These apps work on a subscription model and are low cost. TaxBird, for example, costs $ 34.99 per year. After a 90-day free trial, TaxDay charges users $ 9.99 per month. Monaeo is geared more towards high earners and offers more options for its service, charging $ 99 per month or $ 999 per year.

“We have seen a fourfold increase in our app without any ads over the past year,” said Jonathan Mariner, founder and president of TaxDay, which was himself audited while working for Major League Baseball. in New York but lived in Florida. “When people are concerned about privacy, I say you probably have a dozen apps on your phone following you, and you don’t even know it.”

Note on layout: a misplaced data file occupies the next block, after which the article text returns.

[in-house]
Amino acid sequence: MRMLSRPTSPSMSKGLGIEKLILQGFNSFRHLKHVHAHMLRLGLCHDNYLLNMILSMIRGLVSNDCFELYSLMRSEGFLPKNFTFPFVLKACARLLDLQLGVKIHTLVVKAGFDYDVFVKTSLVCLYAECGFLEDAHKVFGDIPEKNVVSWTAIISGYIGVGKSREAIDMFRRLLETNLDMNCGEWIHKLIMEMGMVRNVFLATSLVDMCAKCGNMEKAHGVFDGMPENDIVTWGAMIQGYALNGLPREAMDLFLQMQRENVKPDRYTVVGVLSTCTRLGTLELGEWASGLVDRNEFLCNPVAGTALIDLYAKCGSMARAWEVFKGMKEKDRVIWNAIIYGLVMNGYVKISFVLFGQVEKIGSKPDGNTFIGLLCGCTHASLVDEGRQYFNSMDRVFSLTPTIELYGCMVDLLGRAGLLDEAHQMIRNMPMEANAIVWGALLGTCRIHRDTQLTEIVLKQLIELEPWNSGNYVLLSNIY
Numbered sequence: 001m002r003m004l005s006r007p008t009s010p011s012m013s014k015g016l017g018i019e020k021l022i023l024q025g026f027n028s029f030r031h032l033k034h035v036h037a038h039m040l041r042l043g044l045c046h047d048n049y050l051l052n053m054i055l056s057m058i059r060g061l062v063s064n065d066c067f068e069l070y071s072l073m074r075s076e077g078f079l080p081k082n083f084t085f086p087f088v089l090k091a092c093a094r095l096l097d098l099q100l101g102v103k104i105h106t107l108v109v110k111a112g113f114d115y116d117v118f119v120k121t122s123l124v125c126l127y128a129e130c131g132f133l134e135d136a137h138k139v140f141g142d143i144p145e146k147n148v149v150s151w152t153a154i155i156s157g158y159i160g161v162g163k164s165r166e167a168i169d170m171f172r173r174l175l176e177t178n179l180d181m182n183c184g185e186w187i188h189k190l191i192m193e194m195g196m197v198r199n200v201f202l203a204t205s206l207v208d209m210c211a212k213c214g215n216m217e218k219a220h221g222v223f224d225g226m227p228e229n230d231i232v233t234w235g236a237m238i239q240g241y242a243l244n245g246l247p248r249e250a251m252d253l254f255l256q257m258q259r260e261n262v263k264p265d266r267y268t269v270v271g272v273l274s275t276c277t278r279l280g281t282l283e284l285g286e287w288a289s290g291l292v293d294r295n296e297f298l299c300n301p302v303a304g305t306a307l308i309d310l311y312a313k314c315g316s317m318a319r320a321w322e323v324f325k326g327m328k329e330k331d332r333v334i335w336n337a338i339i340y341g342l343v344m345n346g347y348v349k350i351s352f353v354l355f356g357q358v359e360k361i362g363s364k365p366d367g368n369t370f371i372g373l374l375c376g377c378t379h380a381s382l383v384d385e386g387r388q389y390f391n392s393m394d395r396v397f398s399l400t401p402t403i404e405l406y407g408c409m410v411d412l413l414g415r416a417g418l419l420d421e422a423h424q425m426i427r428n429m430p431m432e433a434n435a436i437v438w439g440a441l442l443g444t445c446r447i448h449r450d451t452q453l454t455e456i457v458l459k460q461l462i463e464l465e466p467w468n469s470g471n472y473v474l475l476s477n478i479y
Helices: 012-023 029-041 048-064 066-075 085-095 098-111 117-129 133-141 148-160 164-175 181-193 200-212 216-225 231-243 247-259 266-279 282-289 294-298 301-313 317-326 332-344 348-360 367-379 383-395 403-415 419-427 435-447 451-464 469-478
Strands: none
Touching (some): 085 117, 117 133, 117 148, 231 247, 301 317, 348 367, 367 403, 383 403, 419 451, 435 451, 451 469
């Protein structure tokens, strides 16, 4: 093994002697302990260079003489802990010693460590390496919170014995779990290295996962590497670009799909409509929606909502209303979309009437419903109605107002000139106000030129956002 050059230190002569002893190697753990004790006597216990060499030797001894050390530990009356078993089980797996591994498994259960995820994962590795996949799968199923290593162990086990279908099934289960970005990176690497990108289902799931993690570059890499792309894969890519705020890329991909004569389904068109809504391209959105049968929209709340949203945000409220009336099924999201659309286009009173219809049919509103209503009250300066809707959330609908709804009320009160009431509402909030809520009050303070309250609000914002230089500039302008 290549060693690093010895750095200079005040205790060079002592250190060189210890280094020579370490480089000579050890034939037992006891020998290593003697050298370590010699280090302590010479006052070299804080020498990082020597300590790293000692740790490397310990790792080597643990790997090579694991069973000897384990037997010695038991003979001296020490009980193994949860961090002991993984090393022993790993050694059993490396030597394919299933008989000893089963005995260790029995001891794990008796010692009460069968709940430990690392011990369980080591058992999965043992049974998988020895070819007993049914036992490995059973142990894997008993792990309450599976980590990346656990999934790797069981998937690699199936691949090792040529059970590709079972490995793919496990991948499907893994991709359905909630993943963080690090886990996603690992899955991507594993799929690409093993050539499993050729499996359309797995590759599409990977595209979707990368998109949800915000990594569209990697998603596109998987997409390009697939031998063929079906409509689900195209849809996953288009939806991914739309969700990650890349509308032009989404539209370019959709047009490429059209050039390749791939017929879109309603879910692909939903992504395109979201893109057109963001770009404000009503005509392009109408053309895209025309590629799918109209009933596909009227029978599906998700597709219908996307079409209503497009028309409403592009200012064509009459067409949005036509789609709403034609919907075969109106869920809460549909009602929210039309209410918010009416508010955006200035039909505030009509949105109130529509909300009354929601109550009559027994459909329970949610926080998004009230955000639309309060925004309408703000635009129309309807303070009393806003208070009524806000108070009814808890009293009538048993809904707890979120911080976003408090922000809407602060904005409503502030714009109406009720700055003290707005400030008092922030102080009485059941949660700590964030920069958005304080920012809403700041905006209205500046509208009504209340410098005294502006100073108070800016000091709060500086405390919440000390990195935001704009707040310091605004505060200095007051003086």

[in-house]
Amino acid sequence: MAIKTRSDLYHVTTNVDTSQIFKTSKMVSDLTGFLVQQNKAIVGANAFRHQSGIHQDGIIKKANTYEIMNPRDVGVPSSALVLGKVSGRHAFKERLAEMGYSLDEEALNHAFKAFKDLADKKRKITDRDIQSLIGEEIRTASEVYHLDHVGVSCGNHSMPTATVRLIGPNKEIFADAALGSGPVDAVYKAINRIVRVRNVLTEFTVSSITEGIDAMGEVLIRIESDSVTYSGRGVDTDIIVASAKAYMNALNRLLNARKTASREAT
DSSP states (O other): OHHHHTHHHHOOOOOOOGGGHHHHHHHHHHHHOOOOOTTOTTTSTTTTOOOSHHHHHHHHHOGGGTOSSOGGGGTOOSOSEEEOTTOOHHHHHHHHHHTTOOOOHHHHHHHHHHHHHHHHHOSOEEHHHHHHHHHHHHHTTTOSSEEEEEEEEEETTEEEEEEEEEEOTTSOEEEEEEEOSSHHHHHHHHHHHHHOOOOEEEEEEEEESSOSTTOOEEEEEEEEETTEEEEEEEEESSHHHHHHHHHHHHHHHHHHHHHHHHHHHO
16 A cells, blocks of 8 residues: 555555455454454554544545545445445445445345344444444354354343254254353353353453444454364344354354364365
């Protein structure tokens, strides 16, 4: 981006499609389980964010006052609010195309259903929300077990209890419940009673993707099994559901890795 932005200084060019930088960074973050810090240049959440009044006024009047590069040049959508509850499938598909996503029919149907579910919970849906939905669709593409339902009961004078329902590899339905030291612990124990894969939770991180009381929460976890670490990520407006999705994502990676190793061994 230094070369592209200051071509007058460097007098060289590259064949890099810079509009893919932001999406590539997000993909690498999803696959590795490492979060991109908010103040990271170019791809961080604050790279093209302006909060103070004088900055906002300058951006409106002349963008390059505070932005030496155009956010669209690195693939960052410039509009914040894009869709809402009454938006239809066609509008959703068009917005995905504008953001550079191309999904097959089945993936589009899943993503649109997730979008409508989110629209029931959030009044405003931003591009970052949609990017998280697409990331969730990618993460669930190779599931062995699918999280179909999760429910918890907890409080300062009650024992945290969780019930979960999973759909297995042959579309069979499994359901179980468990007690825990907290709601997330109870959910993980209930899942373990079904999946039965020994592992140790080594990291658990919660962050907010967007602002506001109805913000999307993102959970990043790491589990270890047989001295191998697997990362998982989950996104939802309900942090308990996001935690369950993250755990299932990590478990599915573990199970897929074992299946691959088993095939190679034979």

People who use the apps understand that their location will be tracked, and the apps acknowledge in their privacy policy statements what data is and is not being used. Monaeo makes a point of describing how the data is cataloged – city, state and country, but without specific locations. He also says up front that he does not share any data. (All three apps are vigilant about this.)

While each tax app has different levels of detail and functionality for uploading supporting documents, they all meet the basic need to prove your location to a tax authority. When it comes time to file taxes, users download reports detailing where they’ve worked with varying degrees of specificity, from simple days counting to more detailed location information.